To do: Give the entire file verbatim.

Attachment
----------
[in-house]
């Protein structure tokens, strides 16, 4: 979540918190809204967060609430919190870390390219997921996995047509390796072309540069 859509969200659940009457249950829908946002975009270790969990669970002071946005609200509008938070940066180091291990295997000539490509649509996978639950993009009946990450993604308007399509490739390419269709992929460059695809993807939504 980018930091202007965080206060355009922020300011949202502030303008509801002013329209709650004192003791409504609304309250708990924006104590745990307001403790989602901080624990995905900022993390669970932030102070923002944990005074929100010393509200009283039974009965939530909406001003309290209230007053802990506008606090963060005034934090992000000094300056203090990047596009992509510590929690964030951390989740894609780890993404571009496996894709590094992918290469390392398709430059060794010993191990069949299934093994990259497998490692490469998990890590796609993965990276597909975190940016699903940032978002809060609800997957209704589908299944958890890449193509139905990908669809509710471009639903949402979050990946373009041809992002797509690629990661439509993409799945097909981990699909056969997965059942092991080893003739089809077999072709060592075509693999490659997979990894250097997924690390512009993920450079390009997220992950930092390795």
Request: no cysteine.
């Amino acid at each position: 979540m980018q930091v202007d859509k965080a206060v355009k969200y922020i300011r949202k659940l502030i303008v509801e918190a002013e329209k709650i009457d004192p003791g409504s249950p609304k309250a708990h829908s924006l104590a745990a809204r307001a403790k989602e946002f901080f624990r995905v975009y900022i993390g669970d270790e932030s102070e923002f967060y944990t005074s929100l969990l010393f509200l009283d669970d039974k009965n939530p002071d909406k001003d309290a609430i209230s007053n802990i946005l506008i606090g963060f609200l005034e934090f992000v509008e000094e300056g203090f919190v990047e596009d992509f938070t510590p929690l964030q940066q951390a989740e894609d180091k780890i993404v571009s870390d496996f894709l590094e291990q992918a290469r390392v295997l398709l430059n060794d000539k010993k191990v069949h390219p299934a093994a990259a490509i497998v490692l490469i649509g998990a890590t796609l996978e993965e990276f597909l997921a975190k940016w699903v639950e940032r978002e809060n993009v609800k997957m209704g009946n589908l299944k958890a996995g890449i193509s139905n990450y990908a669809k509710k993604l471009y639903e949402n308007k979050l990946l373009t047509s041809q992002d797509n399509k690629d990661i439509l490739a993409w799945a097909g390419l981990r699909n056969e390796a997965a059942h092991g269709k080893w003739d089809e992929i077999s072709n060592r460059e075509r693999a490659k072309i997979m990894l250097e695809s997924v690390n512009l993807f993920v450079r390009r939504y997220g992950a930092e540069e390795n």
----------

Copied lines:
[in-house]
């Protein structure tokens, strides 16, 4: 979540918190809204967060609430919190870390390219997921996995047509390796072309540069 859509969200659940009457249950829908946002975009270790969990669970002071946005609200509008938070940066180091291990295997000539490509649509996978639950993009009946990450993604308007399509490739390419269709992929460059695809993807939504 980018930091202007965080206060355009922020300011949202502030303008509801002013329209709650004192003791409504609304309250708990924006104590745990307001403790989602901080624990995905900022993390669970932030102070923002944990005074929100010393509200009283039974009965939530909406001003309290209230007053802990506008606090963060005034934090992000000094300056203090990047596009992509510590929690964030951390989740894609780890993404571009496996894709590094992918290469390392398709430059060794010993191990069949299934093994990259497998490692490469998990890590796609993965990276597909975190940016699903940032978002809060609800997957209704589908299944958890890449193509139905990908669809509710471009639903949402979050990946373009041809992002797509690629990661439509993409799945097909981990699909056969997965059942092991080893003739089809077999072709060592075509693999490659997979990894250097997924690390512009993920450079390009997220992950930092390795």
Request: no cysteine.
């Amino acid at each position: 979540m980018q930091v202007d859509k965080a206060v355009k969200y922020i300011r949202k659940l502030i303008v509801e918190a002013e329209k709650i009457d004192p003791g409504s249950p609304k309250a708990h829908s924006l104590a745990a809204r307001a403790k989602e946002f901080f624990r995905v975009y900022i993390g669970d270790e932030s102070e923002f967060y944990t005074s929100l969990l010393f509200l009283d669970d039974k009965n939530p002071d909406k001003d309290a609430i209230s007053n802990i946005l506008i606090g963060f609200l005034e934090f992000v509008e000094e300056g203090f919190v990047e596009d992509f938070t510590p929690l964030q940066q951390a989740e894609d180091k780890i993404v571009s870390d496996f894709l590094e291990q992918a290469r390392v295997l398709l430059n060794d000539k010993k191990v069949h390219p299934a093994a990259a490509i497998v490692l490469i649509g998990a890590t796609l996978e993965e990276f597909l997921a975190k940016w699903v639950e940032r978002e809060n993009v609800k997957m209704g009946n589908l299944k958890a996995g890449i193509s139905n990450y990908a669809k509710k993604l471009y639903e949402n308007k979050l990946l373009t047509s041809q992002d797509n399509k690629d990661i439509l490739a993409w799945a097909g390419l981990r699909n056969e390796a997965a059942h092991g269709k080893w003739d089809e992929i077999s072709n060592r460059e075509r693999a490659k072309i997979m990894l250097e695809s997924v690390n512009l993807f993920v450079r390009r939504y997220g992950a930092e540069e390795n």